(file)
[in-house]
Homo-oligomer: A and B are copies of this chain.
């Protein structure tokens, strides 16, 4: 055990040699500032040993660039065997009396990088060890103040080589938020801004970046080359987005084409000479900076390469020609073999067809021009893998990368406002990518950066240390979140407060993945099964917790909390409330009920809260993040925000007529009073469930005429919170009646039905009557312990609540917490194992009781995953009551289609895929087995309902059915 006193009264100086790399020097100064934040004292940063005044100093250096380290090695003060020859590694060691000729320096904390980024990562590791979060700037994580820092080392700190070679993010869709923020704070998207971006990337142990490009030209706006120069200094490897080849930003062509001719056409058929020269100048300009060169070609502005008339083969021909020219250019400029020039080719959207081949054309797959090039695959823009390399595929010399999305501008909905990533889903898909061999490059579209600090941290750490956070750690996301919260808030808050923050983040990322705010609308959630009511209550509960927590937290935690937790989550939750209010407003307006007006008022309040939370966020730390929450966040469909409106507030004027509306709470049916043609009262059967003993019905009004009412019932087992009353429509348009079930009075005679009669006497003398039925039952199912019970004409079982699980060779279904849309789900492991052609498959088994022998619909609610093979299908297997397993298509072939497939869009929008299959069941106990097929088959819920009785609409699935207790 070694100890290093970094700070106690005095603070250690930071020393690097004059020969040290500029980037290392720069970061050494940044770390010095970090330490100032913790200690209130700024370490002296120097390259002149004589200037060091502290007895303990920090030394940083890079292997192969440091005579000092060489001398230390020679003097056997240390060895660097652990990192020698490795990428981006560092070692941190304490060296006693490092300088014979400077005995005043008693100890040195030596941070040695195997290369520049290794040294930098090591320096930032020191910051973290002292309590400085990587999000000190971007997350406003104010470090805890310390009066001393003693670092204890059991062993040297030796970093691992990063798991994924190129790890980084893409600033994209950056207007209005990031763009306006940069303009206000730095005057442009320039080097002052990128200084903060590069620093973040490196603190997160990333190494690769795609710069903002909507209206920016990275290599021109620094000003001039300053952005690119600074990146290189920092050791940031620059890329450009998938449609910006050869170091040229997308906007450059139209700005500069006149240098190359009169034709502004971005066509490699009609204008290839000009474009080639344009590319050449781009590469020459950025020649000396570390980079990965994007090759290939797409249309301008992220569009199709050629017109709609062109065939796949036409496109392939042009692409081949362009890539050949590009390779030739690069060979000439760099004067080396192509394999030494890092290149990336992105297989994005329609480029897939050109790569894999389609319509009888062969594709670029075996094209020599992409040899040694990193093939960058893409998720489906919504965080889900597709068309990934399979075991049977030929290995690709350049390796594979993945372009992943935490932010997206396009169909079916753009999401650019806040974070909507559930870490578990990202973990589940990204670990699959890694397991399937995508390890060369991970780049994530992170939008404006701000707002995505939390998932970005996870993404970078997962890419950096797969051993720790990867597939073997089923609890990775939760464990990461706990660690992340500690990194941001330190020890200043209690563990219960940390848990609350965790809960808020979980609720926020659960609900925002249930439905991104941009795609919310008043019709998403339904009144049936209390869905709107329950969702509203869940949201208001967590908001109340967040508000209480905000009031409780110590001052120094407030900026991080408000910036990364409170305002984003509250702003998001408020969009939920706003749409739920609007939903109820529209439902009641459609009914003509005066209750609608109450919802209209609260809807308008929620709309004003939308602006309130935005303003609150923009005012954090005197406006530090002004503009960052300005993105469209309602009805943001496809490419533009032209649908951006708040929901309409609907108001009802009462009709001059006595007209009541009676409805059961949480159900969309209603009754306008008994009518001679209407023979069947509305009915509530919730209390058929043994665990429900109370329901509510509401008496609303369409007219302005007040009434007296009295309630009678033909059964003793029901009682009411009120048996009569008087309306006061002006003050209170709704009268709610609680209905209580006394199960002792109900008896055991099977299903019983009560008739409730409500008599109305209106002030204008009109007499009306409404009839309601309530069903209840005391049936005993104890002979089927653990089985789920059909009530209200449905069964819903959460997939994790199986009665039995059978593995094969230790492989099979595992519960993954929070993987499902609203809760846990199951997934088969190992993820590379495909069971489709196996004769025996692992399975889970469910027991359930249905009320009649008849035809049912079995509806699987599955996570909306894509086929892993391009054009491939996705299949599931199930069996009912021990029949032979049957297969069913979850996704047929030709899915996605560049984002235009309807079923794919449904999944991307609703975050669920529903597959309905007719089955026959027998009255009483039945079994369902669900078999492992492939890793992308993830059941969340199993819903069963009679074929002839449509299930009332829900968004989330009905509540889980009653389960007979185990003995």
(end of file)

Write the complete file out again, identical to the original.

[in-house]
Homo-oligomer: A and B are copies of this chain.
């Protein structure tokens, strides 16, 4: 055990040699500032040993660039065997009396990088060890103040080589938020801004970046080359987005084409000479900076390469020609073999067809021009893998990368406002990518950066240390979140407060993945099964917790909390409330009920809260993040925000007529009073469930005429919170009646039905009557312990609540917490194992009781995953009551289609895929087995309902059915 006193009264100086790399020097100064934040004292940063005044100093250096380290090695003060020859590694060691000729320096904390980024990562590791979060700037994580820092080392700190070679993010869709923020704070998207971006990337142990490009030209706006120069200094490897080849930003062509001719056409058929020269100048300009060169070609502005008339083969021909020219250019400029020039080719959207081949054309797959090039695959823009390399595929010399999305501008909905990533889903898909061999490059579209600090941290750490956070750690996301919260808030808050923050983040990322705010609308959630009511209550509960927590937290935690937790989550939750209010407003307006007006008022309040939370966020730390929450966040469909409106507030004027509306709470049916043609009262059967003993019905009004009412019932087992009353429509348009079930009075005679009669006497003398039925039952199912019970004409079982699980060779279904849309789900492991052609498959088994022998619909609610093979299908297997397993298509072939497939869009929008299959069941106990097929088959819920009785609409699935207790 070694100890290093970094700070106690005095603070250690930071020393690097004059020969040290500029980037290392720069970061050494940044770390010095970090330490100032913790200690209130700024370490002296120097390259002149004589200037060091502290007895303990920090030394940083890079292997192969440091005579000092060489001398230390020679003097056997240390060895660097652990990192020698490795990428981006560092070692941190304490060296006693490092300088014979400077005995005043008693100890040195030596941070040695195997290369520049290794040294930098090591320096930032020191910051973290002292309590400085990587999000000190971007997350406003104010470090805890310390009066001393003693670092204890059991062993040297030796970093691992990063798991994924190129790890980084893409600033994209950056207007209005990031763009306006940069303009206000730095005057442009320039080097002052990128200084903060590069620093973040490196603190997160990333190494690769795609710069903002909507209206920016990275290599021109620094000003001039300053952005690119600074990146290189920092050791940031620059890329450009998938449609910006050869170091040229997308906007450059139209700005500069006149240098190359009169034709502004971005066509490699009609204008290839000009474009080639344009590319050449781009590469020459950025020649000396570390980079990965994007090759290939797409249309301008992220569009199709050629017109709609062109065939796949036409496109392939042009692409081949362009890539050949590009390779030739690069060979000439760099004067080396192509394999030494890092290149990336992105297989994005329609480029897939050109790569894999389609319509009888062969594709670029075996094209020599992409040899040694990193093939960058893409998720489906919504965080889900597709068309990934399979075991049977030929290995690709350049390796594979993945372009992943935490932010997206396009169909079916753009999401650019806040974070909507559930870490578990990202973990589940990204670990699959890694397991399937995508390890060369991970780049994530992170939008404006701000707002995505939390998932970005996870993404970078997962890419950096797969051993720790990867597939073997089923609890990775939760464990990461706990660690992340500690990194941001330190020890200043209690563990219960940390848990609350965790809960808020979980609720926020659960609900925002249930439905991104941009795609919310008043019709998403339904009144049936209390869905709107329950969702509203869940949201208001967590908001109340967040508000209480905000009031409780110590001052120094407030900026991080408000910036990364409170305002984003509250702003998001408020969009939920706003749409739920609007939903109820529209439902009641459609009914003509005066209750609608109450919802209209609260809807308008929620709309004003939308602006309130935005303003609150923009005012954090005197406006530090002004503009960052300005993105469209309602009805943001496809490419533009032209649908951006708040929901309409609907108001009802009462009709001059006595007209009541009676409805059961949480159900969309209603009754306008008994009518001679209407023979069947509305009915509530919730209390058929043994665990429900109370329901509510509401008496609303369409007219302005007040009434007296009295309630009678033909059964003793029901009682009411009120048996009569008087309306006061002006003050209170709704009268709610609680209905209580006394199960002792109900008896055991099977299903019983009560008739409730409500008599109305209106002030204008009109007499009306409404009839309601309530069903209840005391049936005993104890002979089927653990089985789920059909009530209200449905069964819903959460997939994790199986009665039995059978593995094969230790492989099979595992519960993954929070993987499902609203809760846990199951997934088969190992993820590379495909069971489709196996004769025996692992399975889970469910027991359930249905009320009649008849035809049912079995509806699987599955996570909306894509086929892993391009054009491939996705299949599931199930069996009912021990029949032979049957297969069913979850996704047929030709899915996605560049984002235009309807079923794919449904999944991307609703975050669920529903597959309905007719089955026959027998009255009483039945079994369902669900078999492992492939890793992308993830059941969340199993819903069963009679074929002839449509299930009332829900968004989330009905509540889980009653389960007979185990003995």